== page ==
We really mean it when we say that design will save the world, and we've gathered up 15 incredible underground cities, vertical farms, bio-fuel power plants and skyscrapers that we think illustrate that point quite nicely. Taking inspiration from the cities around the world for which they were conceived, these incredible new designs comprise advancements in sustainable development, clever re-use of materials, and mixed-use buildings, but they also give us hope that we do have what it takes to cope with burgeoning population growth and spatial decline. Flip through for a comprehensive look at what the future of our world might look like.
This shipping container skyscraper by Luca D'Amico and Luca Teslo consists of an exoskeletal framework into which modular shipping container homes are set. Every 100 feet there are large platforms that create a micro city inside the skyscraper complete with parks, walkways, and other outdoor spaces.
Already nostalgic for the loss of our once pristine landscapes, this building revives them - at least for agricultural use. Lee dongjin, Park Jinkyu, and Lee Jeongwoo envision the vertical farm for South Korea with spiraling platforms of grass fields.
What happens to the rigs when the oil runs out? Well, Ku Yee Kee, Hor Sue-Wern from Malaysia say turn the structures into habitable living space. Which is exactly what they've done with this design, which relies almost exclusively on all kinds of green energy to keep it powered.
The Underground Metropolis in China turns a dirty habit into an underground city by converting old coal mines into livable spaces. By Fan Shuning and Zhang Xin.
This incredible skyscraper called the FLEX Mod is designed to be molded to suit each occupant's needs. Using state of the art materials, this building allows for individuality without sacrificing an overall sense of community. Designed for the US by Nick Ochoa and Sabrina Brenner.
Rochambeau Cyrille, Bertin Joel, Herizo Randrianarison designed Vertical Paris with that city in mind. It was no easy feat given the city's historical context - so this building strikes a deal that balances the past with the present. Included are quaint Parisian parks, shops, housing and cultural facilities.
André Serpa, Bernardo Daupiás Alves, Egle Bazaraite, Jutta Rentsch, and Marco Braizinha from Portugal have conceived this absolutely stunning Voronoi Skyscraper. The concrete honeycomb building nurtures everything we need in an urban environment, including a vertical transportation system, residential units, offices, shops, and entertainment.
The Hamburg Skyscraper had to fit into a strict set of municipal guidelines. A mixed-used complex that combines hotels, offices, and housing in one place, along with comfortable public space, the design keeps it isolated from traffic noise. Architects: Julia-Elise Hoins, Arnd-Benedikt Willert-Klasing, David Blezinger, Nikolaus Türk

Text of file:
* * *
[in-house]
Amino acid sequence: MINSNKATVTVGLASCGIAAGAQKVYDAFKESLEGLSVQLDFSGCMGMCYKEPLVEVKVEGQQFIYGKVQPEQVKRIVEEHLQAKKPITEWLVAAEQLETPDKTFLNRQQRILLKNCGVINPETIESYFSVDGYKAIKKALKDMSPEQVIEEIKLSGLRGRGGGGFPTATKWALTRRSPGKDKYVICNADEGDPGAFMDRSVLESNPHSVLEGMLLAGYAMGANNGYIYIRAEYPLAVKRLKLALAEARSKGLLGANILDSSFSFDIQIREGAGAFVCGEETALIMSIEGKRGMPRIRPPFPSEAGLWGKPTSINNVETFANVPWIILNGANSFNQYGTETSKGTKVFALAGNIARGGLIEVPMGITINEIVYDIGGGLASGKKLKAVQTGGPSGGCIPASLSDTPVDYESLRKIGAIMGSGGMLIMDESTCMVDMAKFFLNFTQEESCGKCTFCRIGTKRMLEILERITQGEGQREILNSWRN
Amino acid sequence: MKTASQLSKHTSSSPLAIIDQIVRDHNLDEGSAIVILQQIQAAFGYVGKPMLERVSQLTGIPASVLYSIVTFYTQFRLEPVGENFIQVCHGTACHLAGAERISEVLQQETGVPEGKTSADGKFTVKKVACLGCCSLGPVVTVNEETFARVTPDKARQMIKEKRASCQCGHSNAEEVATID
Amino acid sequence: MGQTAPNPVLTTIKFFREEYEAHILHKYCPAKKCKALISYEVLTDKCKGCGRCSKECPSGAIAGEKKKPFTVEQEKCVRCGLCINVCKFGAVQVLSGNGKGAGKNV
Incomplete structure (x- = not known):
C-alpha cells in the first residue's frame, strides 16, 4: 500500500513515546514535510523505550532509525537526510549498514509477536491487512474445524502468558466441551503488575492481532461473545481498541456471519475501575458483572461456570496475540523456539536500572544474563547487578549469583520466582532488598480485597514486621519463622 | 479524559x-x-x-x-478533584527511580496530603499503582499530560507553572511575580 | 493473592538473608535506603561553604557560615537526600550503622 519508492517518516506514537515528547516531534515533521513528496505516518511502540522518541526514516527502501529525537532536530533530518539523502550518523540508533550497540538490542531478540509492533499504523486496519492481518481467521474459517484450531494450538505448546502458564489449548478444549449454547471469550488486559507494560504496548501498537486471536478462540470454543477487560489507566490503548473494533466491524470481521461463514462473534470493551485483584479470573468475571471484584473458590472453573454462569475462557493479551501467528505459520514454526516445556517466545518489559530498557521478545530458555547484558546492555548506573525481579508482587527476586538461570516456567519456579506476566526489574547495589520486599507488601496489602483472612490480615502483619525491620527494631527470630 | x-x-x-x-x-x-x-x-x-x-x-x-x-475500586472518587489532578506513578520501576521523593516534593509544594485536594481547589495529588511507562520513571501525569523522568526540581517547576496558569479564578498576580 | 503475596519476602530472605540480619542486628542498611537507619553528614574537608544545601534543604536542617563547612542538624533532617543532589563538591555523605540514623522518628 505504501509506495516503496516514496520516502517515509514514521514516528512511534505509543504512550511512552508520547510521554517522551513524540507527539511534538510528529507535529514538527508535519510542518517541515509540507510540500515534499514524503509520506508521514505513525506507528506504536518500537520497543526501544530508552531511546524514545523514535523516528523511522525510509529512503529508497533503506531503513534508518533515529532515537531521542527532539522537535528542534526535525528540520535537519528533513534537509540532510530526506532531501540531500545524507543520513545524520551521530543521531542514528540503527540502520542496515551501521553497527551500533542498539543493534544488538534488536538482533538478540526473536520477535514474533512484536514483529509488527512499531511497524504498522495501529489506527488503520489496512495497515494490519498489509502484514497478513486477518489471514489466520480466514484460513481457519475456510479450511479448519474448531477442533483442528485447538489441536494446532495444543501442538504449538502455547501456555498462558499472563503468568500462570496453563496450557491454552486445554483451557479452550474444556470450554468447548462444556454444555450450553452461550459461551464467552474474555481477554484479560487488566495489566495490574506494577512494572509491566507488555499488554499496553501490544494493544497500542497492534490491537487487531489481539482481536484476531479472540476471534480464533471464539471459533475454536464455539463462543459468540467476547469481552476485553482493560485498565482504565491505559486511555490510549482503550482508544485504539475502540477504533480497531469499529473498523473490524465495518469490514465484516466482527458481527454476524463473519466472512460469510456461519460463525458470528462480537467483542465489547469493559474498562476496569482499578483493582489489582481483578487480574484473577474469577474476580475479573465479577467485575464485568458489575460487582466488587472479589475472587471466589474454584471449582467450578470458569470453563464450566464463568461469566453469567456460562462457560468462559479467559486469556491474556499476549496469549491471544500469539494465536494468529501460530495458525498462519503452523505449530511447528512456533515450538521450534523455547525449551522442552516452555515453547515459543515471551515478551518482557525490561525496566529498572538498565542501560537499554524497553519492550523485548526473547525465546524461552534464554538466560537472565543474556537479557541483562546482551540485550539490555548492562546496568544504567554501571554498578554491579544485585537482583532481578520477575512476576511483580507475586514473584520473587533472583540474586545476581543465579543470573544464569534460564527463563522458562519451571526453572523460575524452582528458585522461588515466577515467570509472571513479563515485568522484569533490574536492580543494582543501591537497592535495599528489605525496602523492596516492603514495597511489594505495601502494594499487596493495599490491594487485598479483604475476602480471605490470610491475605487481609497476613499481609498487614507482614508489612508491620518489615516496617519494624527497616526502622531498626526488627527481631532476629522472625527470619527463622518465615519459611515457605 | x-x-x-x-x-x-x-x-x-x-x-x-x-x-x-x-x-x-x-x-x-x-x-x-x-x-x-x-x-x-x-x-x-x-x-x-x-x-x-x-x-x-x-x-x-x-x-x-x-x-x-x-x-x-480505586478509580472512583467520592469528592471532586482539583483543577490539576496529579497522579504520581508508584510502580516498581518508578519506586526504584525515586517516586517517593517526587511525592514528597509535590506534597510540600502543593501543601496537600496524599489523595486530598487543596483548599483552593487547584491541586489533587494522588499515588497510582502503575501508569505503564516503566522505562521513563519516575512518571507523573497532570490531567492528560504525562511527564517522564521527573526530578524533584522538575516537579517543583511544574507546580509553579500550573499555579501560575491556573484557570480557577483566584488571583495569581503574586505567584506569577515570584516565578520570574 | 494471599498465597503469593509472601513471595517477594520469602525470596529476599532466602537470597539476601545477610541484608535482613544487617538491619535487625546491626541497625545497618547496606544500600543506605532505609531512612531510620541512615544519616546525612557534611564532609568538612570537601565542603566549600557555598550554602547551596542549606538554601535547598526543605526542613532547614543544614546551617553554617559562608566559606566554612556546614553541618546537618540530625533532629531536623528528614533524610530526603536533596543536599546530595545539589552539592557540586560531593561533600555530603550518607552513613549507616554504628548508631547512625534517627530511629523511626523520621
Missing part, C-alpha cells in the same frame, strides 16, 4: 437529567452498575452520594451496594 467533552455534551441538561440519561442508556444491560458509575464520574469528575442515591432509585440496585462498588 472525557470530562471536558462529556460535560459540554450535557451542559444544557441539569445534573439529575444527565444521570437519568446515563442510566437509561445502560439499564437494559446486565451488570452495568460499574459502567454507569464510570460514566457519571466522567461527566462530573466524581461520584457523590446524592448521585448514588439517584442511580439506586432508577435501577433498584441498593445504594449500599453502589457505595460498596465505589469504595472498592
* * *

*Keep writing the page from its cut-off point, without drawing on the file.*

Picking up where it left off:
This attractive skyscraper reduces the need for pollution and transportation by integrating vertical farms into the skyscraper. In a world of 9 billion people by 2050, the term rural will take on a whole new meaning - hence Rural Skyscraper. By Zsuzsanna Kiss-Gal, Gergely Kiss-Gal, Margo Petro, Peter Debreczeni
The Montpellier Skyscraper was designed in the context of France's notorious medieval city. Included in its repertoire are solar panels, water harvesting, hanging gardens, and wind turbines. Architects: Eric Gangaye, Frédéric Velaye Andy, Alvin Pakeeroo, Yann Terrer, Thomas Liaigre
The city of Lima, capital of Peru has a population of 10 million people - a melting pot of cultures resulting from colonization, immigration, and indigenous influences. This South American capital transforms salt water into potable water and creates agricultural opportunities. By Luis Longhi, Christian Bottger, and Carla Tamariz.
The Urban-Agro structure for Jerusalem takes into consideration that Israel's holy city has virtually no room for expansion. By combining city life with agriculture, the Israeli architects Michael Leef and Tahel Shaar solve the dual problem of population growth and dwindling natural resources.
They Hydrothermal Skyscraper in Taipei heals the nearby river while using it to extract heat from the transportation infrastructure. A very dynamic building by Wendy Teo Boon Ting and Linda Hagberg in the United Kingdom.
Potentially one of the most visually interesting, the Porifera Skyscraper in Paris harvests solar, wind, and kinetic energy and has plenty of space for hydroponic gardening. By Nicolas Jomain and Boriana Tchonkova.
The laminated wood skyscraper is an interesting concept envisioned for Brazil, where deforestation is such a crippling issue. Using laminated wood construction, Tomas Kozelsky, Patrick Bedarf, and Dimitrie Andrei Stefanescu showcase the ultimate is sustainable design for the heart of the Amazon.